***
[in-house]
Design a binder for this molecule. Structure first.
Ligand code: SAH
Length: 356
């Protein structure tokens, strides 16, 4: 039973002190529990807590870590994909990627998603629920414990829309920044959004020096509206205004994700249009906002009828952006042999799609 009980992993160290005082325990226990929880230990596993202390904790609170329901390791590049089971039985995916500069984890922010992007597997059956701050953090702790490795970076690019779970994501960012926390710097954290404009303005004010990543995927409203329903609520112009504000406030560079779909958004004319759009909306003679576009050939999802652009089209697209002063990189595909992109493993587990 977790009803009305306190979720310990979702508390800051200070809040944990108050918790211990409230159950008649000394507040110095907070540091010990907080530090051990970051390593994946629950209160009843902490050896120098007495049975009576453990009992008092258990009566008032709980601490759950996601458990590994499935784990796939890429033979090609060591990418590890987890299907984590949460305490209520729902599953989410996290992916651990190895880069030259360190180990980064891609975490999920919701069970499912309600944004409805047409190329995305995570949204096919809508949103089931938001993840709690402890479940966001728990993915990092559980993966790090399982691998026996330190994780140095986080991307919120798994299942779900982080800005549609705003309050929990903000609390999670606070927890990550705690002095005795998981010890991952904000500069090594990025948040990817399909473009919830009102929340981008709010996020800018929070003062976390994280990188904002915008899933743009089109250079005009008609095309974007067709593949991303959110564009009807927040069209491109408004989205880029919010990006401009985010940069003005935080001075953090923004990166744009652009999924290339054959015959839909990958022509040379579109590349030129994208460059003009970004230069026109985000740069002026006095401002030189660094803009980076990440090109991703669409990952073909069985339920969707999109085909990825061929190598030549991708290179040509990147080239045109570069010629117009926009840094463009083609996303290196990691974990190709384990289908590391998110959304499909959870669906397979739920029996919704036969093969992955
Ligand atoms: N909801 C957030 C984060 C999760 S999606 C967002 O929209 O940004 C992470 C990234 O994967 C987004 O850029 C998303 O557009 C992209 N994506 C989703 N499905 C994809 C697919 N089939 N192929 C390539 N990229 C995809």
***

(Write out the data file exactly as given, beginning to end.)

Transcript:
[in-house]
Design a binder for this molecule. Structure first.
Ligand code: SAH
Length: 356
């Protein structure tokens, strides 16, 4: 039973002190529990807590870590994909990627998603629920414990829309920044959004020096509206205004994700249009906002009828952006042999799609 009980992993160290005082325990226990929880230990596993202390904790609170329901390791590049089971039985995916500069984890922010992007597997059956701050953090702790490795970076690019779970994501960012926390710097954290404009303005004010990543995927409203329903609520112009504000406030560079779909958004004319759009909306003679576009050939999802652009089209697209002063990189595909992109493993587990 977790009803009305306190979720310990979702508390800051200070809040944990108050918790211990409230159950008649000394507040110095907070540091010990907080530090051990970051390593994946629950209160009843902490050896120098007495049975009576453990009992008092258990009566008032709980601490759950996601458990590994499935784990796939890429033979090609060591990418590890987890299907984590949460305490209520729902599953989410996290992916651990190895880069030259360190180990980064891609975490999920919701069970499912309600944004409805047409190329995305995570949204096919809508949103089931938001993840709690402890479940966001728990993915990092559980993966790090399982691998026996330190994780140095986080991307919120798994299942779900982080800005549609705003309050929990903000609390999670606070927890990550705690002095005795998981010890991952904000500069090594990025948040990817399909473009919830009102929340981008709010996020800018929070003062976390994280990188904002915008899933743009089109250079005009008609095309974007067709593949991303959110564009009807927040069209491109408004989205880029919010990006401009985010940069003005935080001075953090923004990166744009652009999924290339054959015959839909990958022509040379579109590349030129994208460059003009970004230069026109985000740069002026006095401002030189660094803009980076990440090109991703669409990952073909069985339920969707999109085909990825061929190598030549991708290179040509990147080239045109570069010629117009926009840094463009083609996303290196990691974990190709384990289908590391998110959304499909959870669906397979739920029996919704036969093969992955
Ligand atoms: N909801 C957030 C984060 C999760 S999606 C967002 O929209 O940004 C992470 C990234 O994967 C987004 O850029 C998303 O557009 C992209 N994506 C989703 N499905 C994809 C697919 N089939 N192929 C390539 N990229 C995809």